Travel guide: Brussels, Belgium

Next stop was Brussels. As we were driving, we left Ghent and headed for our hotel at Brussels airport. We’ve found before that airport hotels are the best places to stay while driving. You can guarantee a parking spot and lots of European airports have excellent links into the city centre. We stayed at a Novotel. The hotel was reasonable for the price and provided a free regular shuttle to the train station at the airport. We didn’t opt for breakfast at this hotel as it seemed expensive and we were happy to grab something quick to eat on the train. 

The train station at the airport is large and modern. Tickets can be purchased from the self service machines which are available in English.  We also found there were plenty of staff around to ask for help. There are several trains every hour to the city centre stop (Brussels Centraal) and the train takes about 20 minutes priced at €8.50 for a single. 

As soon as we arrived in Brussels we headed for the Royal Palace of Brussels. The palace is open to tourists in the summer months for free while it is unoccupied. We arrived early for it opening, half 10, and got in straight away. It was reasonably busy but considering it is free it’s definitely worth a quick walk around. I’m mainly interested in the architecture rather than the history so a quick walk round for some pictures suited us perfectly.  

The palace itself was beautiful, not quite as grand as Versailles but what is?!

The historic centre of Brussels is very compact and you can easily walk around in a day.   I have listed below some of our highlights for places to visit and eat. 

First up, the arcade. Now you can’t go to Brussels without buying chocolate. We found the best place to do this is the arcade (Les Galerie Royales Saint Hubert). There is a huge selection of chocolatiers and patisseries here. Although in some way that makes it more difficult to chose just a few things! The smell of chocolate is incredible and all the window displays are beautiful. We settled on Mary’s as its one of the oldest in Brussels and the woman who served us was really nice. 

 For lunch, I had tried to look for some sandwich shops so we just just grab something light. However, while walking out the other end of the arcade, we were struck by the most amazing smell ever. It was coming from a bustling cafe called Cafe Arcadi. More Italian in cuisine than something of the region, it was however filled with locals and had a really nice atmosphere. As soon as I looked at the menu we were sold. They offer a selection of lunch options and more dinner options too. While the menu was large there were only a few types of food and then these varied based on the ingredients. I opted for one of their specialities, a quiche with courgette and aubergine. The flavours were amazing and the quiche was packed. Something I really liked as often quiches can be a bit eggy. CB opted for a croque Madame and check out that egg.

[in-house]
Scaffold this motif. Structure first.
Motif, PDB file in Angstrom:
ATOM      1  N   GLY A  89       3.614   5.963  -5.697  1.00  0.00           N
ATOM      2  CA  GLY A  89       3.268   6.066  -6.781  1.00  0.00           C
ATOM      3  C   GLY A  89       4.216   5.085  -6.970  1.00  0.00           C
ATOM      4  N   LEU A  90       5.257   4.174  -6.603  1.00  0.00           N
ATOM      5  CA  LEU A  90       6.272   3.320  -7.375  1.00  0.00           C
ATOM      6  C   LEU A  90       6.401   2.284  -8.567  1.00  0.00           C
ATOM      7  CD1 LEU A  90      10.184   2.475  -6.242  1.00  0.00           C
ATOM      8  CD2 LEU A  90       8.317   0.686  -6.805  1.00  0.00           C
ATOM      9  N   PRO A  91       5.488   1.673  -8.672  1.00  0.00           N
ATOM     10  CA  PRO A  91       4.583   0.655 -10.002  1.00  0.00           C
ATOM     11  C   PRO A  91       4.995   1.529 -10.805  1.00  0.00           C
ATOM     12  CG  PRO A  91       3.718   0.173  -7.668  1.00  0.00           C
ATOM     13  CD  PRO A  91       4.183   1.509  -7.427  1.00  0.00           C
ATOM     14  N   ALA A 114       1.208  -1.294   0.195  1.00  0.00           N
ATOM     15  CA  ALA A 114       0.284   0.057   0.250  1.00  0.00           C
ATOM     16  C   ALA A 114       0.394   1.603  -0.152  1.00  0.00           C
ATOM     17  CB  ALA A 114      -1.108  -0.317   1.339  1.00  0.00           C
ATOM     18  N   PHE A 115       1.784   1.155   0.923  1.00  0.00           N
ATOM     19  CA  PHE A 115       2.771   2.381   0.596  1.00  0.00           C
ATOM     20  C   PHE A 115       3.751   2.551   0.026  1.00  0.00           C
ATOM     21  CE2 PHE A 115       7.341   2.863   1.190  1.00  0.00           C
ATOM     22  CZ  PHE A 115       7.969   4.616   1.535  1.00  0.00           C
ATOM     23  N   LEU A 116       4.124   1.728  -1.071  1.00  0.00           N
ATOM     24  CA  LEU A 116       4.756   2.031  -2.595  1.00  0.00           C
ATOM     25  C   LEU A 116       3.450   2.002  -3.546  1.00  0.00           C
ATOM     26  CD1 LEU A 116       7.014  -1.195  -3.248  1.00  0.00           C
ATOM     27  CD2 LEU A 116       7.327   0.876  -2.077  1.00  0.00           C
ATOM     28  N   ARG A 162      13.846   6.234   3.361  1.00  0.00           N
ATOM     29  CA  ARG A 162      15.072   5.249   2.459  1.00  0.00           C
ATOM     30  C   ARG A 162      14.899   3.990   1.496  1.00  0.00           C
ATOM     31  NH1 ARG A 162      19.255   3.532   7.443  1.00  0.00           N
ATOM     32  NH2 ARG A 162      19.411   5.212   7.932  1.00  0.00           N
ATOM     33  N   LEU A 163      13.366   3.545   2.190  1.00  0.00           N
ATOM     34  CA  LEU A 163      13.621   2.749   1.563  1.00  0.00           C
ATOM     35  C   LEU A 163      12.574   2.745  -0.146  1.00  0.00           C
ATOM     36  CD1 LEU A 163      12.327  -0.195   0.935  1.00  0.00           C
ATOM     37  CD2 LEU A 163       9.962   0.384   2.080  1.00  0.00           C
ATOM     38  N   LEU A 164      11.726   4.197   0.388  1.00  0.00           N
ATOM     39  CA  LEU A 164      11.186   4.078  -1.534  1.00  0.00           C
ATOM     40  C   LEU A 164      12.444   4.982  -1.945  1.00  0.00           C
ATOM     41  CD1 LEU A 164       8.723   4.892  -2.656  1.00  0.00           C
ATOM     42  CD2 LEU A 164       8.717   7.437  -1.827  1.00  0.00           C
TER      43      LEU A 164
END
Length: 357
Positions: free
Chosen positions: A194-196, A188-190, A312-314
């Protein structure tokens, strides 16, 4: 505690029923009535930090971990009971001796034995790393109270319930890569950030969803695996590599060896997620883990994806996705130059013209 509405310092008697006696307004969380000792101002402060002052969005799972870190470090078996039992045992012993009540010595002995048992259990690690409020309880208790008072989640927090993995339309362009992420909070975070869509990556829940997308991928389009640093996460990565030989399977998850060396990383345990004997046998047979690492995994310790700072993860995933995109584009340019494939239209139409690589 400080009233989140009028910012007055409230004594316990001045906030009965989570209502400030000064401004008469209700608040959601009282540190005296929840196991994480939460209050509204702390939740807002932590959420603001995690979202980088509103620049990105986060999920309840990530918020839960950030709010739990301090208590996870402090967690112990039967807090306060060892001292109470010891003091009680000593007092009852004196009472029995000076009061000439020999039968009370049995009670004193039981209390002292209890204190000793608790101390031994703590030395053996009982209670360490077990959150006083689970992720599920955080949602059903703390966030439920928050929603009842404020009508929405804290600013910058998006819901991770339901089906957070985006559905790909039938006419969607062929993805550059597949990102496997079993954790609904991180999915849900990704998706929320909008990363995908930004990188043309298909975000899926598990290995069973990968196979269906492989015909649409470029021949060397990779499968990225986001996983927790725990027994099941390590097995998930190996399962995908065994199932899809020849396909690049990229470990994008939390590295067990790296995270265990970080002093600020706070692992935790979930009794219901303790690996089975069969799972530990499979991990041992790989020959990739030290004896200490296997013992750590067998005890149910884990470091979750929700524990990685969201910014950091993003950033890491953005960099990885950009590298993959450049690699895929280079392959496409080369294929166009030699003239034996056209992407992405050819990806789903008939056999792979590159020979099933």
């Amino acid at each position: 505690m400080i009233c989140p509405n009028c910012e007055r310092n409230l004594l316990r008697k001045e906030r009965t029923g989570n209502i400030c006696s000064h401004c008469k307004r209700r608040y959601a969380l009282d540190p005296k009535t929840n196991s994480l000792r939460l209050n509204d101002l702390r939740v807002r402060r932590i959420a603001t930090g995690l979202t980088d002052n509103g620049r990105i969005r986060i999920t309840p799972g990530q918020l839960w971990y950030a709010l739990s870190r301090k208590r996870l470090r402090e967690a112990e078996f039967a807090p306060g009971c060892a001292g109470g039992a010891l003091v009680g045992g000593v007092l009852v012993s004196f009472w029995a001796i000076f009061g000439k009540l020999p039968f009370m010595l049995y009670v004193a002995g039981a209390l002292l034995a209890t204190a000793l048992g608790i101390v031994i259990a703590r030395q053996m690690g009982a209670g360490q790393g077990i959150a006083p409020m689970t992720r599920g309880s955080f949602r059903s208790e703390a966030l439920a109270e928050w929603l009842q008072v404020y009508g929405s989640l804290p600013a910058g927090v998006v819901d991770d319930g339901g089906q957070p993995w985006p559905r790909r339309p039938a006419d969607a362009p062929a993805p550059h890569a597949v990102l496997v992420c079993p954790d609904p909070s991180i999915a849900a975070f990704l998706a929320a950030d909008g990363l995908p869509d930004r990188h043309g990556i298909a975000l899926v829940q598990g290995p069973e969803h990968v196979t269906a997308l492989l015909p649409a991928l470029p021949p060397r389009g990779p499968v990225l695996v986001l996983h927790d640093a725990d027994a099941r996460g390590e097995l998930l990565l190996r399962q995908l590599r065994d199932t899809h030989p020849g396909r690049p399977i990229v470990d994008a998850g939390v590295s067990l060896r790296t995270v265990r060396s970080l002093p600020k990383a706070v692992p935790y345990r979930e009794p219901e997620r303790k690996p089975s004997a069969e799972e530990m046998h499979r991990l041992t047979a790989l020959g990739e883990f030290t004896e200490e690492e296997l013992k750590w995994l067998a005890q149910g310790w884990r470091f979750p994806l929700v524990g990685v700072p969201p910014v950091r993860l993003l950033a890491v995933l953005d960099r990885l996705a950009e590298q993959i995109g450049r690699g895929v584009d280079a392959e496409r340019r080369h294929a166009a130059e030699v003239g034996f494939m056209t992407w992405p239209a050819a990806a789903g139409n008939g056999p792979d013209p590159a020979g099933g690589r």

We we spent the afternoon wandering about Brussels. Including a trip to Maison Du Dandoy to pick up a back of Speculoos (those amazing spiced Lotus biscuits originate from Belgium and this is THE place to buy them). 

Like a lot of Belgian towns, Brussels is situated around a Markt (a square). In the summer, for four days they cover the square with local flowers to create a large blanket of flowers. Frustratingly, we arrived a couple of days after they had taken it away. 

For a little afternoon stop we settled on Le Pain Quotidien. Even though it’s a chain, neither of us had been before and we both very surprised. We shared a couple of pastries and I enjoyed a glass of their delicious raspberry lemonade. 

We would definitely recommend Brussels, whether for a day passing through or for a couple of days as a city break, there’s plenty to see and lots of great places to eat.

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